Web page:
by Rhys Leyshon Evans
McCarren Park sits amidst the August haze, young and old voices peppering the exasperated air. Frisbee’s float this way and that. Families picnic on chequered rugs and blankets. Sandwiches wrapped in tin foil look on in despair as ravenous mouths descend. Husbands lose their cool with wives next to heaving iceboxes. Blades of grass sit cheekily on once expensive blankets, blemishing the psychedelic patterns like acne on a twelve-year olds once un-imitable pallor.
Couples are dotted all around the park.
Young and together through circumstance and drunken encounters and a fear of living alone: being alone, sleeping alone, dying alone, even though their youthful eye’s claim that the future is still something worth cherishing.
You spend the afternoon in the park with your girlfriend, the Blonde. The Blonde is actually a brunette. It is a joke that was never really very funny in the first place. You and the Blonde do not have a rug and sit serenely in shade watching the park’s activity bubble around you. A toddler celebrates his third birthday party with his family and half a dozen fellow toddlers. His mother, dressed modishly in slim black jeans and maroon polo shirt, prepares the cake and plates and napkins while the toddlers test the adult’s patience with carefully planned roaming. The birthday boy’s father busies himself taking pictures of the party: adults tucking into sly bottles of beer hidden neatly in paper bags, toddlers trying to climb up tree-trunks and the fence that surrounds the all weather soccer pitches.
You watch the Blonde examine a ratty paperback she has brought with her. It is angled so that the blurb faces the grass, while the cover points away from the Blonde towards the rest of the park allowing any passer-by to see that it is The City and the Pillar. Since the beginning of your relationship, you don’t think you have ever seen the Blonde read the ingredients on a food packet let alone an entire novel. Upon first arriving at the park, the Blonde spent a good three minutes arranging the book to her satisfaction. A leather bookmark, which once belonged to her mother, peaks out from near the beginning of the yellowing pages.
‘Is it any good?’ you ask, leaning back on your palms, and nodding towards the book.
‘It’s, y’know, a book.’
‘And the story?’
‘I’m only a couple of pages into it. I like to read about love, I guess. And the book is about love. It can be interesting. Like science or something.’
You pick up the novel and read the vague details on its back and then, under the watchful gaze of the Blonde, make sure to replicate its original positioning.
The mother of the toddler removes her designer sunglasses as she inserts the candles into the shape of a triangle.
A voice celebrates a goal over on the all-weather pitches.
Ice creams melt sadly.
‘I used to love going to library when I was a child,’ says the Blonde. ‘I never wanted to return the books when I’d finished them. My poor parents used to pay such high overdue fines.’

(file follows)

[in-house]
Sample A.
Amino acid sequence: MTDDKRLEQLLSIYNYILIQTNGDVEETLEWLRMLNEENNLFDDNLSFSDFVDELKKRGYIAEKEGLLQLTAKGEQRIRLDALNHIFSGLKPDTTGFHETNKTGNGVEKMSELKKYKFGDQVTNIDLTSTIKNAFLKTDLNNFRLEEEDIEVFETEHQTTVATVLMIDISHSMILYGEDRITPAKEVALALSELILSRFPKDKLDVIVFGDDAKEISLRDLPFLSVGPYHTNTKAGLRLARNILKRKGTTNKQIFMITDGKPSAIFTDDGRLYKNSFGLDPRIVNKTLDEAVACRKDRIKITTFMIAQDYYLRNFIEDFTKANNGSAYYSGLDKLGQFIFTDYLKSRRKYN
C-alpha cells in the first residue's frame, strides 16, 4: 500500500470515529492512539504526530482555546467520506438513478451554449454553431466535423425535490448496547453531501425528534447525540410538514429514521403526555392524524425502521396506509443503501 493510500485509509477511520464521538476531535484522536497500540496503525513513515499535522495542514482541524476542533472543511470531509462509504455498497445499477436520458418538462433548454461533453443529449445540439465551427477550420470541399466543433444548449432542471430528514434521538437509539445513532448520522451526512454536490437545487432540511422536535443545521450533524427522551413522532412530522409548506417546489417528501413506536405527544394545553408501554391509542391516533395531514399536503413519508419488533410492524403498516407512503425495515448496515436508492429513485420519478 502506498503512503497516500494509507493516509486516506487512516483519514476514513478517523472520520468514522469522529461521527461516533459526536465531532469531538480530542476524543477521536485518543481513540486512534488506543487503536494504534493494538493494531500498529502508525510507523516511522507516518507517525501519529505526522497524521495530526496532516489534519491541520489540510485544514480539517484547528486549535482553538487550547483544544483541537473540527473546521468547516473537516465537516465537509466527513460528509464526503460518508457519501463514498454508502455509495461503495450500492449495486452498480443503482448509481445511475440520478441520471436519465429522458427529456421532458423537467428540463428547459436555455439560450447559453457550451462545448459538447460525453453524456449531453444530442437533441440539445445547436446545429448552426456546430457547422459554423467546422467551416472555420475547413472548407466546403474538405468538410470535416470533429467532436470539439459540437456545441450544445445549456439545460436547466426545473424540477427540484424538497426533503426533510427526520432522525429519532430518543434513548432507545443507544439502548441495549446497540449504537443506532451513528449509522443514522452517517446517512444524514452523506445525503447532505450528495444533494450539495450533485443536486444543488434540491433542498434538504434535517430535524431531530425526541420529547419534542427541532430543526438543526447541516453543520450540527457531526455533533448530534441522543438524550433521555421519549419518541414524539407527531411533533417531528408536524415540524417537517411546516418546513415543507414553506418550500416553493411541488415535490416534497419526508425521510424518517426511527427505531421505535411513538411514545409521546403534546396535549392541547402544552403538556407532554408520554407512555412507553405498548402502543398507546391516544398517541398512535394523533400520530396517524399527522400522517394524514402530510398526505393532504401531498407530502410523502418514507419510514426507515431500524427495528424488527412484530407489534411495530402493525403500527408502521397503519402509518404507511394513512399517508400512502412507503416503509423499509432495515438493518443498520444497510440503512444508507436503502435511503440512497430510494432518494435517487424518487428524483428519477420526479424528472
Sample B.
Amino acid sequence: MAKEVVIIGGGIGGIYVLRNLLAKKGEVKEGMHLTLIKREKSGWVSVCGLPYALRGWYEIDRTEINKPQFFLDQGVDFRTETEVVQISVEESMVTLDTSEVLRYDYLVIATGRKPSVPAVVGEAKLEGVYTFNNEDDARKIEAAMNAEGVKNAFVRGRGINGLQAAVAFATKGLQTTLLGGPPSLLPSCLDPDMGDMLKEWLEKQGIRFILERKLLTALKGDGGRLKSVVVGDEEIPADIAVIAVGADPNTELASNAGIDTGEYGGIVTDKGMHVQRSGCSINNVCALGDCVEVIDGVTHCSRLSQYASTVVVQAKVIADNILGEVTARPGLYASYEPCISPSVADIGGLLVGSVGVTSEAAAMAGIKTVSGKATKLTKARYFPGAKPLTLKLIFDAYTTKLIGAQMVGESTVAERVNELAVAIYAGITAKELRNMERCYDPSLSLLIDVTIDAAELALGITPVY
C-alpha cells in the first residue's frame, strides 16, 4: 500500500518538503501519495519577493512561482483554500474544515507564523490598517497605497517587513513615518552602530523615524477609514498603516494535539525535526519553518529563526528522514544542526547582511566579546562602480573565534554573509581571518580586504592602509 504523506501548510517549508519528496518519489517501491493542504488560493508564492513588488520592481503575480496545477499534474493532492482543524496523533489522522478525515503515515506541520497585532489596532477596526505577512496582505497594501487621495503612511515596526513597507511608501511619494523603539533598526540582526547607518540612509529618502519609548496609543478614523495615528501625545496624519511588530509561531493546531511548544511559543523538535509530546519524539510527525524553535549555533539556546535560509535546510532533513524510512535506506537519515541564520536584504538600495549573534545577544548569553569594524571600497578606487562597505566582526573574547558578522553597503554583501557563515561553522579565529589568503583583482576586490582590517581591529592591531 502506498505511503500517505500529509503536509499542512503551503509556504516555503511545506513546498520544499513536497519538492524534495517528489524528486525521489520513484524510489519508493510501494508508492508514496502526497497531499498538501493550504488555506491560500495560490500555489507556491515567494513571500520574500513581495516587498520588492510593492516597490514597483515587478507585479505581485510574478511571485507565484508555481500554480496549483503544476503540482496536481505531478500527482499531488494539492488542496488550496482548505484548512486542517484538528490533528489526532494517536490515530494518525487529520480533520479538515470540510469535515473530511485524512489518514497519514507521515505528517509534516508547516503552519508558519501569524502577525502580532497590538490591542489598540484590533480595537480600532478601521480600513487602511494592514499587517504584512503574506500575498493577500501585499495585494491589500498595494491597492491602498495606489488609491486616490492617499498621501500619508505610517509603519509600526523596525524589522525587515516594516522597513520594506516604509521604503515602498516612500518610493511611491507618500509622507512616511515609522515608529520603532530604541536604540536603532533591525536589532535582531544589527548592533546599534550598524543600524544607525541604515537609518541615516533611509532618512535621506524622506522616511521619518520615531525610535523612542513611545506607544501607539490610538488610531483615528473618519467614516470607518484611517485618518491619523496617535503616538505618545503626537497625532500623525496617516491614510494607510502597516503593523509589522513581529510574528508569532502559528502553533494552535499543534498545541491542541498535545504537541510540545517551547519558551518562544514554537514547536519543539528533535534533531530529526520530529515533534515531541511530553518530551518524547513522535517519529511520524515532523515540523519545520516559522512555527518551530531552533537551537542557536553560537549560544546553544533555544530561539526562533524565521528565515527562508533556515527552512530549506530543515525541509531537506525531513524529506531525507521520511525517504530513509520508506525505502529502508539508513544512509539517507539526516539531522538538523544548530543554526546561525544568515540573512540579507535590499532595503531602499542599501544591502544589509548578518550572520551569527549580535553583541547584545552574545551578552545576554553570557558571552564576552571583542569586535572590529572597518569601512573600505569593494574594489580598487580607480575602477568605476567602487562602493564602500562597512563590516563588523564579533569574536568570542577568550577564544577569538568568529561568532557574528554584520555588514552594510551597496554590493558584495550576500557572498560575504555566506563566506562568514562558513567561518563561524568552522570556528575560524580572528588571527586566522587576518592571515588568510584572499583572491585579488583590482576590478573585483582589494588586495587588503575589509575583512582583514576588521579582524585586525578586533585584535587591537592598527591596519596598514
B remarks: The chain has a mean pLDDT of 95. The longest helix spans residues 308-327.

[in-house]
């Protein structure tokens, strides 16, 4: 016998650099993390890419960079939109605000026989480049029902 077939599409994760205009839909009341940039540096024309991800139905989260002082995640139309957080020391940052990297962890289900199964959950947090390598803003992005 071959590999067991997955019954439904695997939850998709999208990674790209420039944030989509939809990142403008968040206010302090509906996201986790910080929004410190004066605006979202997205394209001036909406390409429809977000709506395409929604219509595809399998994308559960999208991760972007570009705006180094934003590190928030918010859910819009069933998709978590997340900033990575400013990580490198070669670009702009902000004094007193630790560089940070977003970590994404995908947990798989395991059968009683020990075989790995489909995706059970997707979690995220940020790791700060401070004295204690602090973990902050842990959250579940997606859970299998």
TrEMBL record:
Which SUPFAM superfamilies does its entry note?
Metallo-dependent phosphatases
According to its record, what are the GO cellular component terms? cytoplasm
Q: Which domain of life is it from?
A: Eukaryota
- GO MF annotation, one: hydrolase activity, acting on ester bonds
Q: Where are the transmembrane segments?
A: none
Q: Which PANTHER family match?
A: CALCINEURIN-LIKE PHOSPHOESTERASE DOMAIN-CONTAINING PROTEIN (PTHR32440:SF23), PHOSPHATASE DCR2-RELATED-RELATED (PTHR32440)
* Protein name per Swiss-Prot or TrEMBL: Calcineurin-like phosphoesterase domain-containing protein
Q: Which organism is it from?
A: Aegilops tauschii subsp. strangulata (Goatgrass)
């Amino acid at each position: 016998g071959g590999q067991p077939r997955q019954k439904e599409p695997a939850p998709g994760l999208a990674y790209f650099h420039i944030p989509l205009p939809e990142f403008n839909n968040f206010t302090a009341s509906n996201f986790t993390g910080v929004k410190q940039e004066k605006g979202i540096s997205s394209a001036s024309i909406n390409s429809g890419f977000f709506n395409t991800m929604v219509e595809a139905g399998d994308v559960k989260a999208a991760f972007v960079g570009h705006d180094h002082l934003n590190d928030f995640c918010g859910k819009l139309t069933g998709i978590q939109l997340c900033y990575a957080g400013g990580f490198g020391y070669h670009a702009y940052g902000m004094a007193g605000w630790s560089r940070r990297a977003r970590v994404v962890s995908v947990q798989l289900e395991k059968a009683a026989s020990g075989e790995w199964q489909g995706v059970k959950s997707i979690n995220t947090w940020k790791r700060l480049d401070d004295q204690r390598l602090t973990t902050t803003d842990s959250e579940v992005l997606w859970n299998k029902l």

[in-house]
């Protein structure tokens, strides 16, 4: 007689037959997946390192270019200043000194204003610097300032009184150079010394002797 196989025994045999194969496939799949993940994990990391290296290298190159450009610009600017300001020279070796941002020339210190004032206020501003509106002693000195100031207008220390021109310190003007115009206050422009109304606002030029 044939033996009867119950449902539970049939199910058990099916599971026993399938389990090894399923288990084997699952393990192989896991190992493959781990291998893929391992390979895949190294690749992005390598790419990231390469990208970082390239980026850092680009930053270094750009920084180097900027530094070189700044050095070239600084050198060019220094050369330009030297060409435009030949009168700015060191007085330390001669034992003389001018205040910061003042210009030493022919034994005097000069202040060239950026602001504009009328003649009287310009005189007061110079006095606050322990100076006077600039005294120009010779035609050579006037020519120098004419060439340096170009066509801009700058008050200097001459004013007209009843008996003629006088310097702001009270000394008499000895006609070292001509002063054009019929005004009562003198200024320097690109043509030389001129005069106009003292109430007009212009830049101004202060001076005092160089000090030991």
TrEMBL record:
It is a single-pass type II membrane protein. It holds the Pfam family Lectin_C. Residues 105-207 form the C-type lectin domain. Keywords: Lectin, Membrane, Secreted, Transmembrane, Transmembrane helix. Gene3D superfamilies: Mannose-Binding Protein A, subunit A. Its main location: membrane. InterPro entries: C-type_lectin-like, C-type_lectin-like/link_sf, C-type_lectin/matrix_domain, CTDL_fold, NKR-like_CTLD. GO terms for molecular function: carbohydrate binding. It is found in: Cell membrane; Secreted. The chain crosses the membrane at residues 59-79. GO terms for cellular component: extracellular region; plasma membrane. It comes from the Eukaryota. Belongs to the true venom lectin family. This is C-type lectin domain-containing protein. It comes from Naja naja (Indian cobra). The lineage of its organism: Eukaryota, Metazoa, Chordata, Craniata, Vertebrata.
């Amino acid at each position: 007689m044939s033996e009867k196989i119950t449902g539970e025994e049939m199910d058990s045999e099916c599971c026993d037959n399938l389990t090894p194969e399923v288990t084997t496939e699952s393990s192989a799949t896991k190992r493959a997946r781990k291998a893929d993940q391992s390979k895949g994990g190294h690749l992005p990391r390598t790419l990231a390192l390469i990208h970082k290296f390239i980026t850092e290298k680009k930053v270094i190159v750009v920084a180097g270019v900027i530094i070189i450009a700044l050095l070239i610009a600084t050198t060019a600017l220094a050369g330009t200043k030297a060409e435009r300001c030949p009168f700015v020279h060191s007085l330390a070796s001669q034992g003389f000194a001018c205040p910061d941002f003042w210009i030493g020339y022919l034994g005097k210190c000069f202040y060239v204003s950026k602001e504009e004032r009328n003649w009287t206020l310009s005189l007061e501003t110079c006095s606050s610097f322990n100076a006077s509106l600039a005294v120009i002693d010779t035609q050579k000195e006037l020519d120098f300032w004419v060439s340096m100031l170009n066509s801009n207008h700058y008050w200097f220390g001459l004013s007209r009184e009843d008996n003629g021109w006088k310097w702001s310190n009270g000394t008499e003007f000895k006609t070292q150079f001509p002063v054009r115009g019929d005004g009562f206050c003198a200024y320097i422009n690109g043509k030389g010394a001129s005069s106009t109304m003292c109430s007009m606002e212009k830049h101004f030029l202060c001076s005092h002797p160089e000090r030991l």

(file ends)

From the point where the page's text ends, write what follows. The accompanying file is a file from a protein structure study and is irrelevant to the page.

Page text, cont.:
‘Really? Even in a library?’
‘Uh-huh. I once kept three books out for like six months and every couple of weeks a notice would arrive by post. Eventually my parents found the books. I had started my own library in the garage you see. Renting out books to people in the neighbourhood for a couple of cents each. I made nearly twenty dollars.’ The Blonde laughs and drinks in the pure blue sky. ‘I guess I just loved the feel of a hardback book. Early on I understood the idea of a first edition and rare copies. From the minute I started going to the library, I needed ownership of those books. Sometimes I would pick books that I liked the look of and simply stare at them until they had to be returned.’
‘I didn’t you realise you were a library buff.’
‘Well, I never really go anymore. If I like a book, I just buy it, y’know?’
Candles are lit and the partygoers cluster around the cake like it is some resurrected religious idol, each desperate to get a better view. With prompting, the toddler takes a deep breath and his father holds his expensive camera in place and braces himself for an action shot. You and the Blonde watch the toddler blow out the candles in two attempts and laugh loudly. But the father shakes his head. The picture has come out blurred he says. After much consultation, the father orders that there must be a re-take. Some adults mutter under the protection of their breath.
Children whine for cake.
After three re-takes of the toddler blowing out the candles, the father remains less than satisfied with the shots, but accepts that he cannot test the partygoers patience any longer.
You and the Blonde continue to observe the party evolve until the sugar rush and mid-afternoon sun combine to desensitize the toddlers and the party collect their belongings: numerous rugs that have been combined to form an ad-hoc archipelago, and other picnic paraphernalia, and transfer themselves to adequate shade on the other side of the park, near Baynard Street.